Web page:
largest poisonous colubrine snake, and a very formidable and terrible creature it is. In general form it resembles the Cobra, having the head and hood similarly shaped. Its fangs are like those of the Cobra, and its venom is said to be equally deadly in proportion to its size. It is very active and aggressive, has great power of turning itself in a short space on its own body, and when about to attack, assumes the same erect and menacing attitude as the Cobra. In color it differs from the Cobra, being of an olive-green and marked with triangular bars of white edged with black, which are very conspicuous on the hood and tail. The hood is proportionately not so large as in the Cobra, and there are other unimportant anatomical differences which I need not detail here. It attains to a great size, 12 feet or even more, and is therefore probably one of, if not the largest poisonous snakes known. There is only one species of the genus which has received its name from its habit of feeding on other snakes.
Superne olivaceo viridis, striis saggittalibus nigria Cinctus, abdomine glauco-nigro marmorato."?Cantor.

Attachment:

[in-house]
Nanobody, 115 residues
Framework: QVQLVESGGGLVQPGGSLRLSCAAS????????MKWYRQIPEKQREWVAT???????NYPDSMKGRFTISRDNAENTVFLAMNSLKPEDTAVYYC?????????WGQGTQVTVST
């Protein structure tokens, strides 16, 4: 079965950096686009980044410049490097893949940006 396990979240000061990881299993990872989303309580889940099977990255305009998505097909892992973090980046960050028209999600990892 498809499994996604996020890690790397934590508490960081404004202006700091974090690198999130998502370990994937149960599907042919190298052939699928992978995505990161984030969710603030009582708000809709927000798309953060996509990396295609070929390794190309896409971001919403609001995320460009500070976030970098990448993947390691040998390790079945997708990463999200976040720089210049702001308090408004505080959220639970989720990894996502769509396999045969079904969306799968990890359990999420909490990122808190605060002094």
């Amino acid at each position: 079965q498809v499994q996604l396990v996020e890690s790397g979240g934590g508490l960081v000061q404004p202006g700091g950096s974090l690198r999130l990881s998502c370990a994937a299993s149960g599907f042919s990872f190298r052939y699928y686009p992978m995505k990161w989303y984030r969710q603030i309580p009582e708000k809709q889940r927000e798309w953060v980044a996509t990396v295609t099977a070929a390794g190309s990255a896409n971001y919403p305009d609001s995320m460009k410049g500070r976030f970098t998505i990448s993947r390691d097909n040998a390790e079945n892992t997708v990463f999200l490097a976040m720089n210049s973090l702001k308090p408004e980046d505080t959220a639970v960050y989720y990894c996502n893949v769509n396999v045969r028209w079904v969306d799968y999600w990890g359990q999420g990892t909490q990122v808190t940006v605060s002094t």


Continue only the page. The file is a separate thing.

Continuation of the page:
It is said to be very and aggressive (Dr. Cantor says "it is very fierce, and is always ready not only to attack, but to pursue when opposed") ; and stories are told? I know not if truly?that it has chased men for hours when disturbed in its native haunts. It has a variety of synonyms :
Opliiopliagus Elaps (Bengalee
THE INFLUENCE OE SNAKE-POISON.?BY J. EAYKER.
Bungarus. Naja Elaps. Naja Yittata. Hamadryas Opliiopliagus. Trimeresunis Opliiopliagus. Hamadryas Elaps. the synonyms given from different authorities by The first is the one by which it is generally recognized naturalists in the present day. It has a wide geographical
and is found in
Bengal, though this province that
ascertained the localities in
I have not
it most affects.
The snake-catchers say it is to be found in the Soonderbuns and other dense and secluded jungle, and that it is difficult and dangerous to capture. It is certainly found in Burainh and the Tenasserim Provinces and Assam.
Gunther speaks of three
varieties : the one experimented with, found in the Malayan Peninsula, Bengal, Peninsula of Southern India; another in the Phillipine Islands ; a third in Borneo. These
merely varieties, and
difference in color.
Gunther says, been found in every of the Indian Continent?in the Andaman Islands, Java,
part Sumatra, Borneo, Dumeril, in New
Phillipine Islands, and, according
Guinea. It inhabits hollow trees, and is sometimes found between their branches.
consists of other snakes.
Present :?Dr. Fayrer and Mr. Sceva. October